Sunday, October 6, 2013

Intro Philosophy: Midterm Review

The Exam will consist of 25 Multiple Choice questions and 5 short answer questions.  The Multiple Choice are pulled from the lectures and readings on the topics below.

Shamanism: “One who knows”, common world culture of early tribal society, forms that appear in world religions, ecstatic experience as ‘standing outside’, initiation rites and ‘rebirth’, investigating problems and seeking visions of solutions, the All-Tree, the problem of the One and the Many, the problem of destiny after death, stories as transmission of knowledge

City State Priests & Egypt: Societies gather into larger societies and settle, authorities become traditional, specialization of experts and scholars, eternal stars of fire as order above, water as chaos below, air as ordering breath or communication, Egyptian wisdom texts show criticism of society and human behaviors, heart centered individual, warring state periods good for thought, polytheism to monotheism to abstract solar monotheism

Hinduism, Jainism & Buddhism: Three paths of worship (Bhakti devotion, Raja asceticism, Jnana scholarship), trinity of Brahma, Vishnu (salvation) and Shiva (destruction), multitude of gods who are yet are not these three, two types of afterlife (reincarnation and release of Nirvana), Vedas as multiple origin stories, Upanishads as philosophical ‘that is you’ inner meaning,  Jain influence on Buddhism and Hinduism, Mahavira and the Tirthankaras, two principles of skepticism (non-one-endedness and postulation), practice of asceticism and austerities (fasting, postures, meditation), Jain all karma as negative and total release as joining the order of the cosmos, the Jain metaphor of the leaky boat (plugging and bailing), Buddhism concepts of Impermanence, Doctrine of the Mean, Codependent Arising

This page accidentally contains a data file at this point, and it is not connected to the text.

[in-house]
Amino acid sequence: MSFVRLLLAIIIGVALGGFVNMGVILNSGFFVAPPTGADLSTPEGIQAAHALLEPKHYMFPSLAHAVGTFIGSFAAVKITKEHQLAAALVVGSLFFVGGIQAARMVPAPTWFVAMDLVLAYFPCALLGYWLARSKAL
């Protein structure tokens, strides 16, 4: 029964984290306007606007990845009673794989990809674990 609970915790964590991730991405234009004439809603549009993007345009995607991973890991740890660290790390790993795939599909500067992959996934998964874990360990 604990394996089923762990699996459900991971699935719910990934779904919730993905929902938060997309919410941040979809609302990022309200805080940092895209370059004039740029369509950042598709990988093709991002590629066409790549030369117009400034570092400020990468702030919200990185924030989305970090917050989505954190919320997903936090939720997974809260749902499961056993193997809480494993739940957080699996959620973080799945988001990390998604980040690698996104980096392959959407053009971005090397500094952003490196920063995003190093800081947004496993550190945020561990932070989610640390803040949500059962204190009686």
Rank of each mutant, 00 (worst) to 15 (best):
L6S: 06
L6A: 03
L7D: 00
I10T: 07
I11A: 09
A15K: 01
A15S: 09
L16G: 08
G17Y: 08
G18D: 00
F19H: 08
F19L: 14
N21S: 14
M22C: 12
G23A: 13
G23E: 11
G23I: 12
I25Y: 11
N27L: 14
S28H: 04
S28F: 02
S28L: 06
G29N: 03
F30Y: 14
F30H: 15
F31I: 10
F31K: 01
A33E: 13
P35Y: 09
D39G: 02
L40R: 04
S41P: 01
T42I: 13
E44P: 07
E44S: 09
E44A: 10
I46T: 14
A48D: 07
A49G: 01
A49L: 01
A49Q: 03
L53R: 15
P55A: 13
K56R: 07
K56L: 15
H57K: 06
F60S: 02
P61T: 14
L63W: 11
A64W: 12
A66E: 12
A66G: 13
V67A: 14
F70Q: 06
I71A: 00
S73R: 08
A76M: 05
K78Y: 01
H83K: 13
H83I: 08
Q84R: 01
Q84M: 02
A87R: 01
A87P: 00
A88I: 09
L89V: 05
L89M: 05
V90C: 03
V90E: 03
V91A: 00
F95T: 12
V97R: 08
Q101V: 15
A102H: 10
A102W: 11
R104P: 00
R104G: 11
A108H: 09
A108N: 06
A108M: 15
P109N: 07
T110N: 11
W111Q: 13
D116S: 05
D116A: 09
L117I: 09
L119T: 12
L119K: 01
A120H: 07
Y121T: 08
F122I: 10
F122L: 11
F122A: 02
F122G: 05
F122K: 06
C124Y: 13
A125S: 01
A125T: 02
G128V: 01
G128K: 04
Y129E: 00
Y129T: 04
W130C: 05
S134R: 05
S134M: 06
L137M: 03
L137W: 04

Heraclitus: All is One/Fire/Cosmic Mind, all particular things are impermanent (even gods/planets), experts do not know much more than the common people, we are all apes to the gods, can’t step in the same river twice, perspective changing how things are

Plato: Parmenides over Heraclitus, Forms/Ideas as eternal models of things, the three parts of the soul (appetite, spirit and reason) corresponding to the three classes of the city (workers, police and philosophers), allegory of the cave

Confucianism: Mandate of Heaven as abstract monotheism, social order and rites as strength of society, study and civil service over meditation and nature of Daoism, criticism of the individual and equating others with oneself, right mind/intention over right body/action, love as center of human and system, recognition of the lowest as oneself and self criticism, Neo-Confucianism as blend with Daoism and Buddhism

Daoism: Return to nature and stillness, seeing both sides, Yin-Yang symbol, influence on Chinese Buddhism and Zen, the great One/Way as nameless above all named 10,000 things, water-like in fluidity and getting everywhere, the wheel as both solid and empty together, Zhuangzi and perspective, Cook Ting, humans ugly to minnows and deer, Peng bird vs. dove and cicada

For the short answers, pick five topics from the list below.  For each of your choices, write a half page in each of the spaces provided.  You should demonstrate that you 1) understand the meaning of the concept, 2) that you can connect it to other material from the class, and 3) that you can apply it to examples from your own experience or outside material (print or video, fictional or nonfictional).  If you demonstrate each of these three things and complete the required page length, you will get full points for your answer.

Topics:

The Jain metaphor of the Leaky Boat
Jain negative view of karma vs. the Buddha’s middle way
Buddhist Codependent Arising
Heraclitus and Zhuangzi on animals and perspective
Heraclitus and the river ‘never twice’
Plato’s assent out of the cave
Plato’s three parts of the soul and city
Confucius’ right intention over right act
Laozi’s wheel as both solid and empty
Confucian study in the city vs. Daoist meditation in nature
Absolute truth vs. relative truth